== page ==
“I used to walk in the gym with aluminum foil in my mouth and act like they were grills,” said Hawkins, who earned the nickname “Iceman” because of his passing resemblance to the rapper Paul Wall and for his cool demeanor in tough situations.
Hawkins says that even at a young age Davis told him he was going to be a world champion, a compliment that Hawkins returns when he is asked for a statement about Davis.
“Of course, Malik is going to be a world champion. He is around a world champ daily, and we feed off each other. It’s in the blood,” Davis said.
Both men remain proud products of “Charm City”. One of America’s oldest cities, Baltimore ranks 30th in U.S. population. However, in recent decades, poverty has been one of Baltimore’s biggest challenges. Some 23.7% of the population lives below the poverty line, compared to fewer than 14% nationwide, according to the U.S. Census.
Hawkins’ brother and friends were victims of violent crime in Baltimore, which over the years has drawn the interest of filmmakers and also served as the backdrop for HBO’s hit series “The Wire.”
“Everything I do, I do it for my city. I am proud to be from Baltimore,” Hawkins says. “Because of the way Baltimore has been shown over the years, there has been a lot of focus on the negativity in Baltimore. With my career, I want people to have something to be proud of when they say they are from Baltimore.”
Hawkins also wants to continue Baltimore’s proud tradition of producing boxing stars that include former champions Hasim Rahman and Dwight Qawi.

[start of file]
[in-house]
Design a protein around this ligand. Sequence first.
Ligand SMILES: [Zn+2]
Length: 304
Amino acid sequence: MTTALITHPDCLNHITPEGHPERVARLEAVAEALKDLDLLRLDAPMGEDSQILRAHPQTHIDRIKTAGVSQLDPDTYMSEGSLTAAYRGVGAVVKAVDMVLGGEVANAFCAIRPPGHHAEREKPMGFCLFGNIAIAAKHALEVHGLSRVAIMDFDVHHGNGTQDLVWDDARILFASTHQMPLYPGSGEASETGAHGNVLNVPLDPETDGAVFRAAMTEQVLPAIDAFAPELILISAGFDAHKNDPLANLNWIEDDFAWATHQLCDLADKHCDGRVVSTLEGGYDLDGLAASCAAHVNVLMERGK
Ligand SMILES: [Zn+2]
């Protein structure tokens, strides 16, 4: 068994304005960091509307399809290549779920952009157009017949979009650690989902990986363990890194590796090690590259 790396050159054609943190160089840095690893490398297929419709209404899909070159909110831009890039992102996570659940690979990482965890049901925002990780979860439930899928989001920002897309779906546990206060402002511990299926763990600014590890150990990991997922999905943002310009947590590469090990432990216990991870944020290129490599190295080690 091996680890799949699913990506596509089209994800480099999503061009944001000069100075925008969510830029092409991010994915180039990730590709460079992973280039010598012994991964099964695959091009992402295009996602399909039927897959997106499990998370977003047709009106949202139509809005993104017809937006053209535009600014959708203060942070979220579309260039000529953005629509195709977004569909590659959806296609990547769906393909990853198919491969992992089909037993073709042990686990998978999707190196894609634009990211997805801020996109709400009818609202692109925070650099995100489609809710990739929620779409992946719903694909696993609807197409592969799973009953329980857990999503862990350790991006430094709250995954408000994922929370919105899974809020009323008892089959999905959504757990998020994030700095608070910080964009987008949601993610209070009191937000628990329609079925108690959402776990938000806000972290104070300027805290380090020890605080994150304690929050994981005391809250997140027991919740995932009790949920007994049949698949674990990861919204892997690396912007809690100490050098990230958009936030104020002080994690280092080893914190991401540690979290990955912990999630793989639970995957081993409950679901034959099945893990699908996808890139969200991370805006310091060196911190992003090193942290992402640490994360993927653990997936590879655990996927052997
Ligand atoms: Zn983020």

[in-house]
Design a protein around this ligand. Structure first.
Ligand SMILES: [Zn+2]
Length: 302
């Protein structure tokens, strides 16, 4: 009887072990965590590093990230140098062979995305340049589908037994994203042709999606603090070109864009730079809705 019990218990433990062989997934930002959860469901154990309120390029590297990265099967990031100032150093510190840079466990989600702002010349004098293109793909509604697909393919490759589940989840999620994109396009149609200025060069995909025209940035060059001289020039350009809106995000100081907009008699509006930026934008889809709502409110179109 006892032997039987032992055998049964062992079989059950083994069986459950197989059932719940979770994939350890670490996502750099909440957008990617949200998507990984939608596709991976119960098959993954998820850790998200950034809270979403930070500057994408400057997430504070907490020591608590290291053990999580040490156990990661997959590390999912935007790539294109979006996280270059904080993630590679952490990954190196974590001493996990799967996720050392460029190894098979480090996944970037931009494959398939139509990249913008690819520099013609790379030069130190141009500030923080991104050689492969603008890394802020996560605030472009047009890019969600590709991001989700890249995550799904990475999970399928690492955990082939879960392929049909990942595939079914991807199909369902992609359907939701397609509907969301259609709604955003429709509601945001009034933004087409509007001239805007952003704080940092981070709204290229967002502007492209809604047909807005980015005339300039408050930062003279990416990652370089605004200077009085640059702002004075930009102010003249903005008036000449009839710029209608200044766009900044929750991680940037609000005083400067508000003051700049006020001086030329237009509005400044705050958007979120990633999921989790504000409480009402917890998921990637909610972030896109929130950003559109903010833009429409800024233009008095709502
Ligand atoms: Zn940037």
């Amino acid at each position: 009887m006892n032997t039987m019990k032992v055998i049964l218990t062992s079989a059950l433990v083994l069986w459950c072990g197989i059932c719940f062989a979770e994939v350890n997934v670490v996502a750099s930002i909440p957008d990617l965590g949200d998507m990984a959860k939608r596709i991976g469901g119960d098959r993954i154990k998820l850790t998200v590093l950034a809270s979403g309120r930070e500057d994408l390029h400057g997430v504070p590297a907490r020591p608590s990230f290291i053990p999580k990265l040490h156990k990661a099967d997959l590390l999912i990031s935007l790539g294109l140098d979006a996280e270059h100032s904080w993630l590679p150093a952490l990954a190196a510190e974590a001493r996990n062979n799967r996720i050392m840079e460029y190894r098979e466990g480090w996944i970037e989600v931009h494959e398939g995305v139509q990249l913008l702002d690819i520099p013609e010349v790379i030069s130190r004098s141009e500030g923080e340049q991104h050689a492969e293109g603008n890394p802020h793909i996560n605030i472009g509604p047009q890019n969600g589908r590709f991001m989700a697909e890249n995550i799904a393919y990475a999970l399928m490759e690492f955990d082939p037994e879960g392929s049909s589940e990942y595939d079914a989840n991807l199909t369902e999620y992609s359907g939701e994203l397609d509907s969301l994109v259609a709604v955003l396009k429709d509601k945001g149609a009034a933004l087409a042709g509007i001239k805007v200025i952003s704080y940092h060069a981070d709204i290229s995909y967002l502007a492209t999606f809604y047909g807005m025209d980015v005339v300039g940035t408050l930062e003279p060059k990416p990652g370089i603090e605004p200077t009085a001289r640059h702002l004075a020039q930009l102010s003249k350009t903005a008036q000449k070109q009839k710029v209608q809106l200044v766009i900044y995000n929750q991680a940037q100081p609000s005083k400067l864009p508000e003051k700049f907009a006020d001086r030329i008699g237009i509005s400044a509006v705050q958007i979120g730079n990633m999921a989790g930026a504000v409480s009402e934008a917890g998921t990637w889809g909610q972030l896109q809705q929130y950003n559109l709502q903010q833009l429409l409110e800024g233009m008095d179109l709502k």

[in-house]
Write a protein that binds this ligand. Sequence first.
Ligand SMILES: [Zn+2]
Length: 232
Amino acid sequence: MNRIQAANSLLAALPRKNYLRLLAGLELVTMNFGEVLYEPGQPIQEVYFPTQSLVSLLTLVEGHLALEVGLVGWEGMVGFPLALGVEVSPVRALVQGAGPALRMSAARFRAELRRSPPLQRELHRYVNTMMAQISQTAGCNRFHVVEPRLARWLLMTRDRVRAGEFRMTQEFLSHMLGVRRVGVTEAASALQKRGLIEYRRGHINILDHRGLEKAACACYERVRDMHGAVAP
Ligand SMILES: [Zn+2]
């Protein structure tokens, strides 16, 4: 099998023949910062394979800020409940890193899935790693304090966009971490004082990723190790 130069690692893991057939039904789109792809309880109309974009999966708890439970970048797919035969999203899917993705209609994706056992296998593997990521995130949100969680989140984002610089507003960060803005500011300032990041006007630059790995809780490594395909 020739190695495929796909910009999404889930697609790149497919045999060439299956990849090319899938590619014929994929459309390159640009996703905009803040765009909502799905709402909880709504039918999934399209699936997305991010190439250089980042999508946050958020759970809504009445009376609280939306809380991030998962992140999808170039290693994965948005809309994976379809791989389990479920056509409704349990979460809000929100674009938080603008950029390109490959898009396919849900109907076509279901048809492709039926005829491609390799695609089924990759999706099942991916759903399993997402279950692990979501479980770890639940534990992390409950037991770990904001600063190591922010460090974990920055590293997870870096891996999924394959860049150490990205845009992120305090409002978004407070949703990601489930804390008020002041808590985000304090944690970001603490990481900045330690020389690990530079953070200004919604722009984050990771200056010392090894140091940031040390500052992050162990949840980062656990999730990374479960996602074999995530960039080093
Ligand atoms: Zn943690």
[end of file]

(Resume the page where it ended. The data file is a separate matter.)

When Hawkins hasn’t been in the ring, he has shared this spirit with a small group of Baltimore youths he is tutoring and mentoring; coincidentally, not all of them want to be boxers. He also speaks at local elementary schools in Baltimore and has been active with the “Rock the Vote” campaign.
Hawkins’ many tattoos tell stories from those streets. On one hand reads “Ronald,” a close friend and fellow boxer who died in 2011.
“We have it all in Baltimore. I have seen everything — murders, drug dealing, people I was close to going to jail. In my case, boxing saved my life.”
There is more space for tattoos — space Hawkins hopes to fill with positive works of art. He dreams of fighting in New York’s Madison Square Garden and winning a world title in 2021.
However, he is not looking past his upcoming challenge against Matias, who has won 15 of his 16 pro fights — all via knockout.
Hawkins has chosen to train for his next fight in Frederick, Maryland to improve his focus and escape Baltimore, where he is increasingly well-known and has a large social media following. His training camp has also included the chance to spar with welterweight prospects such as Jaron “Boots” Ennis and Jalil “Major” Hackett.
“What keeps me going is the younger generation,” Hawkins said. “They look up to me, and they want to be like me. Growing up, I made a choice, but I never had anyone in my community that I could relate to. I saw the hustlers in the street, and I knew I didn’t want to be like that.”
(Edited by Matt Rasnic and Stan Chrapowicki.)